These are the richest people on earth

When one of my sons was a toddler, he put every toy he owned in his backpack. Then, he had one of his brothers help him put his backpack on because it was too heavy to lift by himself. After a struggle, it was done. My son promptly fell on his back, like an upended turtle, dragged down by the weight of all he was trying to hold onto. Did he own the stuff? Or did the stuff own him?
Then, there’s the story of the little boy who kept getting into trouble because he would take a toy from one of his brothers or sisters. Each time, he was told by his parents, “Give that toy back. Your brother (or your sister) had it first.” So, one morning the father walked past the little boy’s bedroom and heard his son crowing with delight as he lay, spread-eagle over every toy in the house that he had piled up in the middle of the floor. He was saying triumphantly, “I have ‘em first today!”
Paul makes a statement in 1 Timothy 6 that I wonder if we should write in permanent ink on our checkbook covers, stencil on the walls of our houses and even scratch with a penknife into the dashboards of our cars. He said, “Now godliness with contentment is great gain.” What? You mean having the most toys is not the way to victory or even to great gain? I thought I could only be content if I had every need met along with most of my wants. It reminds me of the king who was not happy with his life and suffered greatly, to the point that he could not sleep or eat. His wise men told the king that if he could wear the shirt of a contented man, he would be cured of his suffering. So, the search began for such a man, but not one could be found in the whole kingdom. Emissaries were then sent beyond the kingdom, and finally, outside the realm, a contented man was found. But he had no shirt.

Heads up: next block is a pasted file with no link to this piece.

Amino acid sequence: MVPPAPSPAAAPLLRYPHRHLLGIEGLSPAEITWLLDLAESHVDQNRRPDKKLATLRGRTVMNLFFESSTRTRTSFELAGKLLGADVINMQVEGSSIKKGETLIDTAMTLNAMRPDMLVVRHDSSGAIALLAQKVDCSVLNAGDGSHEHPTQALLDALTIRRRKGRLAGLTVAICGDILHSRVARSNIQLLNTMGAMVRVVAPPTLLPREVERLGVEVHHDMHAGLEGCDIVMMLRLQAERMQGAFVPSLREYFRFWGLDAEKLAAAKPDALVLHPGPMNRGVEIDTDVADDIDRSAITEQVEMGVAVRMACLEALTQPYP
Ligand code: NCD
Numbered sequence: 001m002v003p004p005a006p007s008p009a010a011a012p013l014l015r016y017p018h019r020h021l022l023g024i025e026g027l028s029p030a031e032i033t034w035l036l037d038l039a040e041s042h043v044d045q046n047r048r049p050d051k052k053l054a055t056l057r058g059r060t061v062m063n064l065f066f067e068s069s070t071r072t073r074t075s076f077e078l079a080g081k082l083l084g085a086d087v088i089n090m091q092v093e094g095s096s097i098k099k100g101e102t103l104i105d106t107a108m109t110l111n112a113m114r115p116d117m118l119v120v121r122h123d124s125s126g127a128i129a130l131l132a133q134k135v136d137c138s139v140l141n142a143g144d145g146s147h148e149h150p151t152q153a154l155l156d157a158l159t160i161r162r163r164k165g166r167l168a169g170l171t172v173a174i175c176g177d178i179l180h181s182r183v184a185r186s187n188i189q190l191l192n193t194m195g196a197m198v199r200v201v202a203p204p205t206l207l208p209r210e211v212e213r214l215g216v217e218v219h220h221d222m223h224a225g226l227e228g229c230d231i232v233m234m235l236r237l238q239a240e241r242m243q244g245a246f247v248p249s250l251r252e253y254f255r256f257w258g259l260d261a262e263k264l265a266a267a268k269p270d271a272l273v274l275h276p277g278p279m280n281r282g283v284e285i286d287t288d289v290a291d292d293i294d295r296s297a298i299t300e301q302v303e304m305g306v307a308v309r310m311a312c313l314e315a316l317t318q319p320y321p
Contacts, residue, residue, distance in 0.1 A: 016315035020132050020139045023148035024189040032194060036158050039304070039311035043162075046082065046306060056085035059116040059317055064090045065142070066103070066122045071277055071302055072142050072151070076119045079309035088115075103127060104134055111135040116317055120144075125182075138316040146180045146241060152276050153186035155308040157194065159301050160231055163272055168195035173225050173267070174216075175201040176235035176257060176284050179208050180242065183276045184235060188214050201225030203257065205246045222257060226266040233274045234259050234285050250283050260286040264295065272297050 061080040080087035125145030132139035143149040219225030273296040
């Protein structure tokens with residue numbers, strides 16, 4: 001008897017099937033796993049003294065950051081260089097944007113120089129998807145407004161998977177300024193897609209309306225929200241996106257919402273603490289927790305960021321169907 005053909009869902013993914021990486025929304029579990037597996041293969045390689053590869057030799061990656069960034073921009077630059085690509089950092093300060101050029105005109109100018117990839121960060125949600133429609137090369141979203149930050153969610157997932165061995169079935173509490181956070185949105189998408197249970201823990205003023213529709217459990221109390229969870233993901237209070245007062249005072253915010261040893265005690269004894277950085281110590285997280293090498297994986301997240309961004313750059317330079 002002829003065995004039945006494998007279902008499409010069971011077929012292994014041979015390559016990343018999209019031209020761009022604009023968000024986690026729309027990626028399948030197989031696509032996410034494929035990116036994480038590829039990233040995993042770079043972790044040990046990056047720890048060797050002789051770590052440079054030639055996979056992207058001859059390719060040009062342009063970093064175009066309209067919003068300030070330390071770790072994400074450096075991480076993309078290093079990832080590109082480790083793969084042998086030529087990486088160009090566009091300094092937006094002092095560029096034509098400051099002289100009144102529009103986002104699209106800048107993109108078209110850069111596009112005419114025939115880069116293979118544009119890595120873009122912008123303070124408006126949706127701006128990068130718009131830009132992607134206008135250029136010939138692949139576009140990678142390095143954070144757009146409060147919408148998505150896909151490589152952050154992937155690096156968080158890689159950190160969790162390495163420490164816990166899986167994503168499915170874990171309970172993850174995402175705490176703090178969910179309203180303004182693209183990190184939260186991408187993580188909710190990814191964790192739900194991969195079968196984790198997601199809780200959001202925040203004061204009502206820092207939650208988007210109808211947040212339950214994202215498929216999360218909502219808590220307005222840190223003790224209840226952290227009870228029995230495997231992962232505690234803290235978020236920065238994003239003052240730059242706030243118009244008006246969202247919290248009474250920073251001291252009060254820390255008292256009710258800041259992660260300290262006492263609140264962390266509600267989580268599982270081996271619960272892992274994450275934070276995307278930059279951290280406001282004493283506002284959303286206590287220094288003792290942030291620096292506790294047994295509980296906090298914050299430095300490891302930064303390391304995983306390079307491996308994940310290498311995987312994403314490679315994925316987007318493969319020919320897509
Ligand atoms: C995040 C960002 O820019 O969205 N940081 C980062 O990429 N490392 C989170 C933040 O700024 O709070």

Where do we find contentment? Apparently, it cannot be found in money, no matter how much we are able to amass. John D. Rockefeller said, “I have made many millions, but it has brought me no happiness.”
Being content starts with right thinking about stuff and about God. What did you have when you were born? Nothing. What will you carry with you when you die? Nothing. After John D. Rockefeller died, his aide was asked how much he left behind. The aid answered, “He left it all behind.” Job said it like this: “Naked I came from my mother’s womb, and naked shall I return there.” Job knew that everything he “owned,” including his health, was temporal and the One who owned him was eternal. God alone is our source for contentment.
Think about this. Everything in your house will end up in the landfill. Your house will fall down and be hauled off, piece by piece. Our money can buy a house, but not a home. It can buy a vacation, but it cannot buy rest. It can buy a health care plan but it cannot buy health. It can buy a wedding ceremony, but it cannot buy a blessed marriage. It can buy a college degree but it cannot buy understanding. Contentment cannot be bought, but it must be sought.
The truth is that if we have contentment, we have everything. Then we will be among the richest people on earth.

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